Roster Change

Scott Hastings has been named the chief information officer at the Immigration and Naturalization Service — the first and last person to officially have that title.

Hastings will replace George Bohlinger as CIO of the agency. Bohlinger has worn a number of hats, also serving as chief financial officer and the agency's executive associate commissioner for management — jobs he will continue to hold. But until now, no one has had the title of CIO at INS, which is being reorganized under the new Homeland Security Department.

Hastings has served as the associate commissioner for information resources management since May 2001. More recently, he has been detailed to the Office of Homeland Security to help develop the new department that President Bush recently signed into law.

For more, see "Hastings named last INS CIO."


David Wennergren is the Navy Department's new information technology leader, replacing Dan Porter as CIO.

Wennergren had been serving as the Navy's deputy CIO for enterprise integration and security for the past several years. He also is a proponent of e-government initiatives.

Porter, who had served as the Navy Department's CIO since September 1998, retired Dec. 1 to become senior vice president for strategic development at Vredenburg Inc., a small professional services company in Reston, Va.

For more, see "Wennergren named Navy IT chief."


Richard Varn, Iowa's CIO for the past four years and the leader of its Information Technology Department, was fired recently, along with five other agency heads.

Varn said Gov. Tom Vilsack told him that technology would not be a focus during his second term. "He can't support the things we want to do, and he wants to spend his political capital on [economic development, education and health care]," said Varn, who said leaving was a mutual decision. He will remain on the state payroll until Jan. 2, 2003.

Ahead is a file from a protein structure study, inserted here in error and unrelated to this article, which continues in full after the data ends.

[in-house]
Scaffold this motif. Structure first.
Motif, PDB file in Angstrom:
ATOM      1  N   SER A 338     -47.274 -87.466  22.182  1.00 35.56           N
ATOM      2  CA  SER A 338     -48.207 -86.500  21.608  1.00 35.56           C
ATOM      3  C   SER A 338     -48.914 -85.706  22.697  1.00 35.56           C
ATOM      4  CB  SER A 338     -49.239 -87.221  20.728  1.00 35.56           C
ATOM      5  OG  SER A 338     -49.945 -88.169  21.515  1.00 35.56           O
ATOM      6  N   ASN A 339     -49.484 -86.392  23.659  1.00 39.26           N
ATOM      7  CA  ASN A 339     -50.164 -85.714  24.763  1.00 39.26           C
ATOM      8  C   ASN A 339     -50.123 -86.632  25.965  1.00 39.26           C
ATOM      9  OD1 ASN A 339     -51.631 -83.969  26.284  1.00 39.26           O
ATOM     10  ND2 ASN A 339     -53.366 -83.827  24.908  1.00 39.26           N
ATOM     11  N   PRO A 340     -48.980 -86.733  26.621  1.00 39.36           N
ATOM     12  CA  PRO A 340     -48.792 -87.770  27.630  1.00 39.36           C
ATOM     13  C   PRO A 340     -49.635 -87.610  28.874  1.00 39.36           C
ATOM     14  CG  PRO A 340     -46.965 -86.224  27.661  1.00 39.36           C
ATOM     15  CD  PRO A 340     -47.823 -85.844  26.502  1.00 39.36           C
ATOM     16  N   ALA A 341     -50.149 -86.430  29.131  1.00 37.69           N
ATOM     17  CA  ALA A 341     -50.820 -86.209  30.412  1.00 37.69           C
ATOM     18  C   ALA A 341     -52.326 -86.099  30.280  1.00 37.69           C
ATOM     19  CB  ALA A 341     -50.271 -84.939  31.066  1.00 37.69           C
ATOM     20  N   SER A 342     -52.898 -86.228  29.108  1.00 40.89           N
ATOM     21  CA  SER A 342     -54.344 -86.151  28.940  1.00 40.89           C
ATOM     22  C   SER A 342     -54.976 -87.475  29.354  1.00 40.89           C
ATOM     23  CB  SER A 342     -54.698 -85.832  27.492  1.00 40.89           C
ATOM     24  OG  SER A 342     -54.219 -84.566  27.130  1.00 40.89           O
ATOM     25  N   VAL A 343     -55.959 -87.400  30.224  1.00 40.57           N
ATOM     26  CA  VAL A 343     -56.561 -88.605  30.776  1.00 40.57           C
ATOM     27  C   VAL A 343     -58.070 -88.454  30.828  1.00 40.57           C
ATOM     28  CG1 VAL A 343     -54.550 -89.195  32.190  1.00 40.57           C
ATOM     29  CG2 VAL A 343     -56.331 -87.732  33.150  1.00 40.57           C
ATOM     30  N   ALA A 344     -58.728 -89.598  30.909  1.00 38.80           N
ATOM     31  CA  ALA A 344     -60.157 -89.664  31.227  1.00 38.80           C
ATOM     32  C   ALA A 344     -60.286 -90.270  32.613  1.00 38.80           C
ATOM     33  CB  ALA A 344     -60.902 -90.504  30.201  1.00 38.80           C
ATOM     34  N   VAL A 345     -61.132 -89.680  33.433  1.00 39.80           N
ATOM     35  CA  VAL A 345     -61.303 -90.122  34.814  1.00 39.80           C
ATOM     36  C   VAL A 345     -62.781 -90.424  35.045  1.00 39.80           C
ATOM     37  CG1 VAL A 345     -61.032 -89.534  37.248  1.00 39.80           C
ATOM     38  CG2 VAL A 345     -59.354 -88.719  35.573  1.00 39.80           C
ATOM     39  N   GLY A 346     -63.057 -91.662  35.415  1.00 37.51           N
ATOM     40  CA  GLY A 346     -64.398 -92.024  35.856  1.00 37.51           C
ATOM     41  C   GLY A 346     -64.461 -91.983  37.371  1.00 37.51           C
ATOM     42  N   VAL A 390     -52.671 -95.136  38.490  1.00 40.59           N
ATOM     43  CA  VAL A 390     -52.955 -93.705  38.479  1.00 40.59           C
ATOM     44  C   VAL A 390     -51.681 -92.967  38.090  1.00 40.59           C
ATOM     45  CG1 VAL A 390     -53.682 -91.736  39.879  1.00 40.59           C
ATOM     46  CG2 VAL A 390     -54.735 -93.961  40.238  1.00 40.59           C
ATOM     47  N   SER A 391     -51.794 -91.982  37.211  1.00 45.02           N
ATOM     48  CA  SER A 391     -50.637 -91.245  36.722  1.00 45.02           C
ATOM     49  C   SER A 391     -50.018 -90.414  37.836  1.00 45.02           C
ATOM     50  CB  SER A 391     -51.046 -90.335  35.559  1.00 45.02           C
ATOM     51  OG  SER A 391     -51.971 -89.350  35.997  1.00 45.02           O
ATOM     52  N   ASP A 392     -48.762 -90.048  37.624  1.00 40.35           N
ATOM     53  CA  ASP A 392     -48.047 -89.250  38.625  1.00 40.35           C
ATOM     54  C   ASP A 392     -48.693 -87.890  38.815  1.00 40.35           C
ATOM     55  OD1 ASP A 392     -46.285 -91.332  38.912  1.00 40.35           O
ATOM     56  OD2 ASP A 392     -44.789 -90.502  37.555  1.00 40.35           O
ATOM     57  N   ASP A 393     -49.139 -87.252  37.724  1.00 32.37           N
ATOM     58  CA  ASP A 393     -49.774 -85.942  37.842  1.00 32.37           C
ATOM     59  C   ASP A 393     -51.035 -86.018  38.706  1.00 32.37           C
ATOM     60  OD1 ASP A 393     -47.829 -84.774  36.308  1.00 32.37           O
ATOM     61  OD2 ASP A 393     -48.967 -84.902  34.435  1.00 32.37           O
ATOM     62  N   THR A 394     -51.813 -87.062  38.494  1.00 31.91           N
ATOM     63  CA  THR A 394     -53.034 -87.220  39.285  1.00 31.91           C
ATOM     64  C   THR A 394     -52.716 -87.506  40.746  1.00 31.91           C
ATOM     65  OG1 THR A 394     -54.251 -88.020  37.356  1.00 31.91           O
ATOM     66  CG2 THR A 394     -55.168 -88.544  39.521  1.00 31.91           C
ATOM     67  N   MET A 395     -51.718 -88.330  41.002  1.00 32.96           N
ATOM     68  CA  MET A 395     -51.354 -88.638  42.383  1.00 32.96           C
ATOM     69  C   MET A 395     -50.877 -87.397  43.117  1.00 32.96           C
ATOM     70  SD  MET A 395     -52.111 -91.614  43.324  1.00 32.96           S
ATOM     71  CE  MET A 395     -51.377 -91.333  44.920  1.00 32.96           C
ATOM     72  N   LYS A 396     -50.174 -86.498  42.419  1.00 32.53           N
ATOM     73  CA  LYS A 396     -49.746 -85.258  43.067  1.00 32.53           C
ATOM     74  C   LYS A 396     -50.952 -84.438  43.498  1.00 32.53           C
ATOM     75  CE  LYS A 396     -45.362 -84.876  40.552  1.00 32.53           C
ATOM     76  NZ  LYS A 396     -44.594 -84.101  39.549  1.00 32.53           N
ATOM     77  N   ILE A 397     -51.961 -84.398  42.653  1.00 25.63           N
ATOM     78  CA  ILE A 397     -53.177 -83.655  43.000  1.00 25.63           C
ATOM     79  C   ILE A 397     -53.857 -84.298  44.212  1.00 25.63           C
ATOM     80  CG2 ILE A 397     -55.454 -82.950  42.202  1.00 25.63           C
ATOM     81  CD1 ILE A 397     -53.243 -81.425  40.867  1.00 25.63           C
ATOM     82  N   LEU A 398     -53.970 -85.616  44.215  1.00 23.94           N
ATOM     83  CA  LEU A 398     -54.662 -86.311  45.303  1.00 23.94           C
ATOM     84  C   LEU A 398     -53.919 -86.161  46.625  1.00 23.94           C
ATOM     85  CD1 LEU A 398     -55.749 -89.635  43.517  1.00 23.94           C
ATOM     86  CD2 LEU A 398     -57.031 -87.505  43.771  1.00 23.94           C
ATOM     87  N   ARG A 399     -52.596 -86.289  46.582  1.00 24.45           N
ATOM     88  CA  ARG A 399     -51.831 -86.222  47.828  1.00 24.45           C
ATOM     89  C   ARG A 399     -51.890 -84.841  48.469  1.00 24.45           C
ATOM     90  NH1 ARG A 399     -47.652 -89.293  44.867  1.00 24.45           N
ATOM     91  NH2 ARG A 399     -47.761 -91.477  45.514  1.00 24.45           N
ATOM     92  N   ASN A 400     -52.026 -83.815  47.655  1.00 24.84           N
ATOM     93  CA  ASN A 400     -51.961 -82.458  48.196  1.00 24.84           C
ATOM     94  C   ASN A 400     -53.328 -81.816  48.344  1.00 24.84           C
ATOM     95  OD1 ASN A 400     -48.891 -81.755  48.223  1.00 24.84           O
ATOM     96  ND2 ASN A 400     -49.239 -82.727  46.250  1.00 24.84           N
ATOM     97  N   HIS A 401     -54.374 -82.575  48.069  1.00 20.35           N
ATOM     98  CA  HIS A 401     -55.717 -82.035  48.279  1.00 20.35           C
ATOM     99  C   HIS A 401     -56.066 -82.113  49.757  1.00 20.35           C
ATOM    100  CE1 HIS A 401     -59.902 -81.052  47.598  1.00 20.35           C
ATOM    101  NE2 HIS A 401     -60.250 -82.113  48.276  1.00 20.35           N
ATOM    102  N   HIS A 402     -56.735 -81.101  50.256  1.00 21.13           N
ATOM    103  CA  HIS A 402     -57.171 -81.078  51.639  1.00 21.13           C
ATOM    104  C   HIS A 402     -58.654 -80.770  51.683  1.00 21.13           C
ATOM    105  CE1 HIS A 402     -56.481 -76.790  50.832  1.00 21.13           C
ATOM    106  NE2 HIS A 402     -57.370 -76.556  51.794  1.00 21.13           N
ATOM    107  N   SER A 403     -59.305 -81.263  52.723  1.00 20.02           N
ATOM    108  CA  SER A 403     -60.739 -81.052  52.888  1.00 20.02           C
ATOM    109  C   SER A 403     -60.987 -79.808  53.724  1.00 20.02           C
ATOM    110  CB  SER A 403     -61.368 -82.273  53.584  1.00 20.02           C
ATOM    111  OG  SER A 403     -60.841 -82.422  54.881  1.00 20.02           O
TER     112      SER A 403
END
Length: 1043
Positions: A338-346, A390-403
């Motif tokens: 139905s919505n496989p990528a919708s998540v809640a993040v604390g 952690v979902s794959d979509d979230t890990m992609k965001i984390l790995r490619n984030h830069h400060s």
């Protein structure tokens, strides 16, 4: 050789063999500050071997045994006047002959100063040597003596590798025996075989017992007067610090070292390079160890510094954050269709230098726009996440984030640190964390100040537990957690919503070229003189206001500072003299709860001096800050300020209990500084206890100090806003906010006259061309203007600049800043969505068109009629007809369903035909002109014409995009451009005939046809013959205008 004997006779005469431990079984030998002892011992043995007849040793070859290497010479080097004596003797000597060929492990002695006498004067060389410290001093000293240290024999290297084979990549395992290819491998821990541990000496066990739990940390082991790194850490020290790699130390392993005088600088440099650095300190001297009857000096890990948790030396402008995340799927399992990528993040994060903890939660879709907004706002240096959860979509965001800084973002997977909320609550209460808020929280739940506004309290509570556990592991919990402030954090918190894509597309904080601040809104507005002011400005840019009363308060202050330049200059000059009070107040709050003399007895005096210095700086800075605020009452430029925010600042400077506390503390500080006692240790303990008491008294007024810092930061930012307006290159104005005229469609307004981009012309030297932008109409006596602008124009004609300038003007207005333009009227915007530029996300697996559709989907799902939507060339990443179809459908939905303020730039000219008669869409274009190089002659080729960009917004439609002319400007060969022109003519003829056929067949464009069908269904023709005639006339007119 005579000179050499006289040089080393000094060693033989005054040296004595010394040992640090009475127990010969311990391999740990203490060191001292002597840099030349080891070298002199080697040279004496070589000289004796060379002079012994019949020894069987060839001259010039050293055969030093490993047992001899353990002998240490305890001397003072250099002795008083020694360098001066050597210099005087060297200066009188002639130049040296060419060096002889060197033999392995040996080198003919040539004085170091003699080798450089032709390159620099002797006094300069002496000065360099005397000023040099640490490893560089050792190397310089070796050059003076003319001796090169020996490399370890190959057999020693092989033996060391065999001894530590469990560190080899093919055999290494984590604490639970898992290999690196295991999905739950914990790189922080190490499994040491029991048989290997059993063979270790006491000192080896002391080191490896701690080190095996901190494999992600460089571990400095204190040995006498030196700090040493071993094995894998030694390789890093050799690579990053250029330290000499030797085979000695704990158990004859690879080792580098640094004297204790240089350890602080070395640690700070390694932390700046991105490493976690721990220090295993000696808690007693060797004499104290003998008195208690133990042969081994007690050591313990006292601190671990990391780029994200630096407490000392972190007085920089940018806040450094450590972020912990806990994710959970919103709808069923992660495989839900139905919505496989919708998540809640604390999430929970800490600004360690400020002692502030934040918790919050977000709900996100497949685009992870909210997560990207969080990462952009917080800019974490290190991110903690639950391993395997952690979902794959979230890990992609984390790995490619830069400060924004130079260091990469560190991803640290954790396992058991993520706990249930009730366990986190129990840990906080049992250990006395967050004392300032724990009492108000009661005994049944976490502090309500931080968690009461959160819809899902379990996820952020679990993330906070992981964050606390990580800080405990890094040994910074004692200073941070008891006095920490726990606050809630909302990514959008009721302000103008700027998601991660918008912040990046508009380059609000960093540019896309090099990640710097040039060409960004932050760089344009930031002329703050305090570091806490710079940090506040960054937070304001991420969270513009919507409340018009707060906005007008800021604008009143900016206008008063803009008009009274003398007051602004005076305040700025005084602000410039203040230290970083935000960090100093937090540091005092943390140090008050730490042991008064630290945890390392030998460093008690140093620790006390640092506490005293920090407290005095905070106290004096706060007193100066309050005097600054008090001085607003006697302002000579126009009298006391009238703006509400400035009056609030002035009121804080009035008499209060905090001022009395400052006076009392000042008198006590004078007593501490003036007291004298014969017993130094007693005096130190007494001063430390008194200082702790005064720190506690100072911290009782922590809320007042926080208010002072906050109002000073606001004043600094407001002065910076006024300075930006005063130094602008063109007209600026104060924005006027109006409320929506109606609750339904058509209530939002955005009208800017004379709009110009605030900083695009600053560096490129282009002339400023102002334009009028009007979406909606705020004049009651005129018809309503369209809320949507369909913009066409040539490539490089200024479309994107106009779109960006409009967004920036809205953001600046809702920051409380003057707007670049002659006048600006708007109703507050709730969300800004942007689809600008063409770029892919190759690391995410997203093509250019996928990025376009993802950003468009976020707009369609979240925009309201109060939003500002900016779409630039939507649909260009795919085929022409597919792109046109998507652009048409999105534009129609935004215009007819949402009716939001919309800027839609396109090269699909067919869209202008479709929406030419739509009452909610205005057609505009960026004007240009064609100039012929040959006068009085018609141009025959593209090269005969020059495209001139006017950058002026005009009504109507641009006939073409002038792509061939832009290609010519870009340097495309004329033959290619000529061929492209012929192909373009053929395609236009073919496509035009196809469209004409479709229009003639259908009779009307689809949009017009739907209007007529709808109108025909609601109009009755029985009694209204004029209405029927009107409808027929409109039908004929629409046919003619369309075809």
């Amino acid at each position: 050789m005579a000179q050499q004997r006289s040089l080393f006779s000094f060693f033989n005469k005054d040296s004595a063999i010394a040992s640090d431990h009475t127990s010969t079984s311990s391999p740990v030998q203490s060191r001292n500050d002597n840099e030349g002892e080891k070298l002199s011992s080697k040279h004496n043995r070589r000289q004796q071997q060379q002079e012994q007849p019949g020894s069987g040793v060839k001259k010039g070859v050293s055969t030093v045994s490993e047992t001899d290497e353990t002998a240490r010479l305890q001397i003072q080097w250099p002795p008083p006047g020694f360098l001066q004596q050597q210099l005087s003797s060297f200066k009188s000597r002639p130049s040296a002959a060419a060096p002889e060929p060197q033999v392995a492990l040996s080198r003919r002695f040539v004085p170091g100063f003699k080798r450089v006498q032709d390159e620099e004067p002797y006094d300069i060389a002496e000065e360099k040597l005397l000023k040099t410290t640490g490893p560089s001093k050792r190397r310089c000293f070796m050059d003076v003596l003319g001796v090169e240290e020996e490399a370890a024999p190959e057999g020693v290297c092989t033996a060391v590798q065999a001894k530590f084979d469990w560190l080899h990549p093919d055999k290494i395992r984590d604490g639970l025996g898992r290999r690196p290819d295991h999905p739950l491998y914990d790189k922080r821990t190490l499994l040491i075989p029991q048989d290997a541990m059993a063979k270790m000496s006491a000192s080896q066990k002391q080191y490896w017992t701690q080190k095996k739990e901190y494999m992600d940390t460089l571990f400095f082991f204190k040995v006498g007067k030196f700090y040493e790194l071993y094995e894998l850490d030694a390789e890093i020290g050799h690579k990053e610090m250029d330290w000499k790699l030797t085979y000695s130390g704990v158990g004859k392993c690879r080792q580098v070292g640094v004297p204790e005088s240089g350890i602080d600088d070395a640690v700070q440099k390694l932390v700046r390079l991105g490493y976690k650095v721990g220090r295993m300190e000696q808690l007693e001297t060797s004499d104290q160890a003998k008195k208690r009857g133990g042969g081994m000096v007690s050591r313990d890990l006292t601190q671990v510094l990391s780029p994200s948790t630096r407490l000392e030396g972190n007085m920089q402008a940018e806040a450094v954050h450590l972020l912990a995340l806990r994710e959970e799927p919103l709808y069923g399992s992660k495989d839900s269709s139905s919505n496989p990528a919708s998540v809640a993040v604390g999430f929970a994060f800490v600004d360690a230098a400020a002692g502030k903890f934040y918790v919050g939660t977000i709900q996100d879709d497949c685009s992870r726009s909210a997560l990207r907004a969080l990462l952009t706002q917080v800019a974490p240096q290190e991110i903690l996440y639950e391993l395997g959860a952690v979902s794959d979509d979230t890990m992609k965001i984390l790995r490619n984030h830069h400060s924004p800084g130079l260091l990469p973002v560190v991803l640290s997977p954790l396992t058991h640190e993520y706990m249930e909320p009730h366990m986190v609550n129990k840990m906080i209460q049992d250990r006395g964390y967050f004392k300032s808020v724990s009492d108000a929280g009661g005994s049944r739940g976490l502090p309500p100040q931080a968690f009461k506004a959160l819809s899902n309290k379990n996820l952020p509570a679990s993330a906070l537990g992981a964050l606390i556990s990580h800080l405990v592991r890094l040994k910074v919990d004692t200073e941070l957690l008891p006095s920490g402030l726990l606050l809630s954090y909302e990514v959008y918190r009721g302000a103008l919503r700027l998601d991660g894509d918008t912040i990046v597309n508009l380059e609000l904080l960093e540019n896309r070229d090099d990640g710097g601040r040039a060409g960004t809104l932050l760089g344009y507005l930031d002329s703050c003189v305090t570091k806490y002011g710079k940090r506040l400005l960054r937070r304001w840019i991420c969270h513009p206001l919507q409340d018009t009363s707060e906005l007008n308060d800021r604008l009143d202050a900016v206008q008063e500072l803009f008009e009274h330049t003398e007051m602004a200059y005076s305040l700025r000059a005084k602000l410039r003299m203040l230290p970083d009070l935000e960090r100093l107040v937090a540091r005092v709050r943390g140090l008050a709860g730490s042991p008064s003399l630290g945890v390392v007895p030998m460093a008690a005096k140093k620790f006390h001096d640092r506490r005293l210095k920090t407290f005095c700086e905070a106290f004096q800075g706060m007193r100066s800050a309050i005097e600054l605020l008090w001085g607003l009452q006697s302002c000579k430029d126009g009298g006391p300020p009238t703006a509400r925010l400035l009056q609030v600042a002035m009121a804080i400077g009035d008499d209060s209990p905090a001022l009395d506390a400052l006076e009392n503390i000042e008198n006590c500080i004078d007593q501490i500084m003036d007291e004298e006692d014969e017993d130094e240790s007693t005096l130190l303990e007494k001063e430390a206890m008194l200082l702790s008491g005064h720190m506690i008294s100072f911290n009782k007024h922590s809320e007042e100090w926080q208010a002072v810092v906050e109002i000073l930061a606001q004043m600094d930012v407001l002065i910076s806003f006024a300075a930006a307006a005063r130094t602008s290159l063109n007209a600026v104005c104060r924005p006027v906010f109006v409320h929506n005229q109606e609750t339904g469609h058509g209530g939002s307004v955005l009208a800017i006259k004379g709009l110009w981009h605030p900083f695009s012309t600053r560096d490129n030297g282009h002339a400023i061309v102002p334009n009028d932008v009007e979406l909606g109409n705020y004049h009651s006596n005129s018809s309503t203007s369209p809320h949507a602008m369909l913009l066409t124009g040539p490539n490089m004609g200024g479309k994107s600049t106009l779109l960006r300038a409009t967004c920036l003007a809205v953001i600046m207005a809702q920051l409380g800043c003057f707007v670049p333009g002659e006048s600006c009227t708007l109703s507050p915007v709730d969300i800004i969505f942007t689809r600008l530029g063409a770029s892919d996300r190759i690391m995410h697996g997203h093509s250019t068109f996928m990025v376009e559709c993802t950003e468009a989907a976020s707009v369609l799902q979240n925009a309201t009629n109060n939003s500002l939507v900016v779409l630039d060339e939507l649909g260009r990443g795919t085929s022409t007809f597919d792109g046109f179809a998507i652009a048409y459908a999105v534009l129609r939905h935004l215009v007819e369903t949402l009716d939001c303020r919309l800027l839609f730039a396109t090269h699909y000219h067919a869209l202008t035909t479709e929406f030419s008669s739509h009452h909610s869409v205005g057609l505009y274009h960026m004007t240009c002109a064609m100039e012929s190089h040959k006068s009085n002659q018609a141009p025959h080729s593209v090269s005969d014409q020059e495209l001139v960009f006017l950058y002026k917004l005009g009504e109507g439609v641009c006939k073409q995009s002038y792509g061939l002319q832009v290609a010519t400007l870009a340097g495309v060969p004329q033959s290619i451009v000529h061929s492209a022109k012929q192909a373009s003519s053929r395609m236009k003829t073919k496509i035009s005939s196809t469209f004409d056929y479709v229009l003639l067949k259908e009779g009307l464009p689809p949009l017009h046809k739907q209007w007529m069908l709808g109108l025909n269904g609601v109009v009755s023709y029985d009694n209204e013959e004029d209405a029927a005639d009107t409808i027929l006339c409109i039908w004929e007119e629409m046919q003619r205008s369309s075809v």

For more, see "Iowa governor dismisses CIO."


Linda Burek, until recently the CIO for Maryland, is returning to the federal government as the acting director of the Office of Information Technology for the Center for Drug Evaluation and Research at the Food and Drug Administration. Her new job is effective Dec. 15.

Before embarking on her state job, Burek had been the deputy CIO and deputy assistant attorney general for information resources management at the Justice Department.

She also has had experience working in the IT offices at the U.S. Patent and Trademark Office and the Agriculture Department.


Connie Correll has been appointed as counselor and senior adviser within the Commerce Department's Technology Administration, department officials announced Dec. 4.

Among her responsibilities, Correll will be a key adviser to the Commerce undersecretary and chief of staff.

Since March 2001, she has been executive vice president of TechNet, a leading national network of high-tech leaders. She previously managed the communications department of the Information Technology Industry Council in Washington, D.C., and spent eight years working on Capitol Hill as an administrative assistant and press secretary to then-Rep. Rick White (R-Wash.) and deputy press secretary to former Sen. Slade Gorton (R-Wash.).


Mark Upson has been appointed as president and chief executive officer of PureEdge Solutions Inc., the company announced Dec. 9.

PureEdge is a provider of secure, Extensible Markup Language-based e-forms solutions. Its co-founder and previous CEO, Eric Jordan, will continue to play a key role on the company's executive team as chief strategy officer.

Upson has more than 20 years experience in global technology sales and management. He joins the company from Onyx Software Corp., a leader in the customer relationship management market, where he was a senior vice president and general manager. At Onyx, Upson led the company's sales growth up from $2 million to more than $119 million in a five-year period.


  • Defense
    Ryan D. McCarthy being sworn in as Army Secretary Oct. 10, 2019. (Photo credit: Sgt. Dana Clarke/U.S. Army)

    Army wants to spend nearly $1B on cloud, data by 2025

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  • Congress
    Rep. Jim Langevin (D-R.I.) at the Hack the Capitol conference Sept. 20, 2018

    Jim Langevin's view from the Hill

    As chairman of of the Intelligence and Emerging Threats and Capabilities subcommittee of the House Armed Services Committe and a member of the House Homeland Security Committee, Rhode Island Democrat Jim Langevin is one of the most influential voices on cybersecurity in Congress.

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